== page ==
Immunosuppressive medications inhibit the tumor surveillance properties of the immune system. Consequently, immunosuppression may increase the likelihood of hepatocellular carcinoma (HCC) recurrence after liver transplantation. However, most data on the effects of immunosuppression on HCC recurrence have been derived from experimental studies (in vitro and animal studies) and from nonrandomized, single-center reports. No randomized trials evaluating the effects of immunosuppressive agents on HCC recurrence after liver transplantation have been published. Therefore, the precise effects of immunosuppression on HCC recurrence in liver transplant recipients are difficult to assess.
WHAT ARE THE EXPERIMENTAL DATA DEMONSTRATING THE EFFECTS OF IMMUNOSUPPRESSION ON HCC?
Considerable experimental evidence from in vitro and animal studies shows that except for mammalian target of rapamycin (mTOR) inhibitors, immunosuppressive agents increase the malignant behavior of HCC. At the cellular level, the calcineurin inhibitors (CNIs) tacrolimus (TAC) and cyclosporine A enhance the cellular growth of malignant cells (including hepatoma). Cyclosporine A promotes tumor growth by enhancing cancer cell invasiveness1 and by inhibiting DNA repair.2 TAC increases hepatoma cell proliferation in animal models.3 In humans, CNI administration is associated with a significant reduction in the doubling time for HCC (from 273 to 37 days).4
However, mTOR inhibitors may have beneficial effects in patients with malignancies such as HCC. mTOR is overexpressed by up to two-thirds of HCCs, and this makes inhibition of this pathway a potential therapeutic target.5, 6 Sirolimus (SIR) inhibits hepatoma cell proliferation in vitro and down-regulates vascular endothelial growth factor expression.7, 8 In animal models, rats treated with SIR experienced significantly longer survival and developed smaller tumors and fewer extrahepatic metastases in comparison with controls.9
WHICH IMMUNOSUPPRESSIVE AGENT AFFECTS THE POSTTRANSPLANT RECURRENCE OF HCC?
The only class of immunosuppressive agents that may reduce the recurrence of HCC is mTOR inhibitors. There are several case reports describing improvements in patients with extensive HCC who were converted to SIR.10-12 In addition, numerous single-center studies have found a statistically significant benefit related to HCC recurrence in patients receiving SIR from the time of transplantation (see Table 1). However, because none of these studies was randomized, there was a significant potential for selection, treatment, or reporting bias toward more positive findings for SIR. In a study from Dallas, 106 HCC patients received TAC and mycophenolate mofetil, and 121 received SIR.13 Patients in the SIR group had significantly higher recurrence-free survival rates in comparison with patients in the TAC group (P = 0.0003). In addition, the administration of SIR versus TAC was associated with significantly higher patient survival rates at 1 year (94% versus 79%), at 3 years (85% versus 66%), and at 5 years (80% versus 59%, P = 0.001). The absence of SIR was independently associated with death by a multivariate stepwise Cox regression analysis (hazard ratio = 3.0, 95% confidence interval = 1.6-5.6, P < 0.0002). Investigators from Bologna conducted a matched cohort study of 31 transplant patients with HCC who were receiving SIR and 31 controls who were receiving TAC.14 The SIR patients had a significantly higher 3-year recurrence-free survival rate (86%) in comparison with the TAC patients (56%, P = 0.04). Similar data were reported by researchers from Denver, who compared the outcomes of 45 SIR patients and 52 contemporaneous controls.15 At 5 years, the HCC recurrence-free survival rate was 79% for SIR patients and 54% for controls. The mortality/HCC recurrence risk ratio (SIR/CNI) was 0.622 (95% confidence interval = 0.385-0.954, P < 0.03). Finally, the Edmonton group reported the outcomes of 70 transplant patients with HCC who were receiving SIR and a low-dose CNI; 34 were within the Milan criteria, and 36 were beyond the criteria.16 They found that after a median follow-up interval of 49 months, 8 patients had experienced HCC recurrence: 2 of the 34 patients (6%) within the Milan criteria and 6 of the 36 patients (17%) beyond the Milan criteria. A recent analysis of HCC outcomes from the Scientific Registry of Transplant Recipients reiterated these findings.17 The study included 2491 liver transplant recipients with HCC and 12,167 liver transplant recipients without HCC who underwent transplantation between March 2002 and March 2009. In a multivariate analysis, SIR-based maintenance therapy was associated with improved survival after transplantation for HCC (hazard ratio = 0.53, 95% confidence interval = 0.31-0.92, P ≤ 0.05). CNIs showed no impact on HCC outcomes.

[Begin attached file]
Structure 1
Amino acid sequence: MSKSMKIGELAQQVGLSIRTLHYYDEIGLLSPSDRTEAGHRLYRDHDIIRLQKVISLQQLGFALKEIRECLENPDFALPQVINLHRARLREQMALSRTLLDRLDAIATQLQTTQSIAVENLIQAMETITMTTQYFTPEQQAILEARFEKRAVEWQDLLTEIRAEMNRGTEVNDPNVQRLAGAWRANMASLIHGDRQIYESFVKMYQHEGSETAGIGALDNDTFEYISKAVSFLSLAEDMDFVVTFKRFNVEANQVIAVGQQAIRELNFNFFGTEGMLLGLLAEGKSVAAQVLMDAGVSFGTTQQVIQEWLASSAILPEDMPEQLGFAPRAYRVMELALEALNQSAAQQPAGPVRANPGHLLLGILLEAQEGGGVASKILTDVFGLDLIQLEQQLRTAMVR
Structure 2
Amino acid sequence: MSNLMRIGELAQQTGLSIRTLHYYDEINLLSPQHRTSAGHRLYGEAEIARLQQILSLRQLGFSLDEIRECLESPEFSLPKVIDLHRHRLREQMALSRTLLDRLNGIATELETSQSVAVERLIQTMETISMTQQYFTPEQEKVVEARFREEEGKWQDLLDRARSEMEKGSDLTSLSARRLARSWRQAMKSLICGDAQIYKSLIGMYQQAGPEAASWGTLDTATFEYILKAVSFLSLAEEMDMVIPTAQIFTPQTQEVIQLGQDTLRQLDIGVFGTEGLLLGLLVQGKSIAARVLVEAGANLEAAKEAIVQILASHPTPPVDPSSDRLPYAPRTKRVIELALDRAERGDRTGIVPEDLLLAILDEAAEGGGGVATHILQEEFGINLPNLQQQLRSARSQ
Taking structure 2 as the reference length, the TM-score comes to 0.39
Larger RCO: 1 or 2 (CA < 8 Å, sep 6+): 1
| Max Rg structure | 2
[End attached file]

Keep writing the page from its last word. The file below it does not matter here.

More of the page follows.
|Chinnakotla et al.13||227||Recurrence-free survival at 5 years: 80% versus 59%*|
|Vivarelli et al.14||62||Recurrence-free survival at 3 years: 86% versus 56%*|
|Zimmerman et al.15||97||Recurrence-free survival at 5 years: 79% versus 54%*|
|Toso et al.16||70||Recurrence 6% for Milan versus 17% over Milan|
|Toso et al.17||2491||Patient survival: hazard ratio = 0.53|
In conclusion, according to experimental data and uncontrolled studies, immunosuppression may have a negative effect on HCC recurrence after liver transplantation (level C). However, no randomized trials have evaluated the impact of immunosuppression on HCC recurrence. The only class of drugs that may have a differential effect on HCC recurrence is mTOR inhibitors. These agents have consistently been shown in uncontrolled, single-center studies to reduce the rate of recurrence (level C).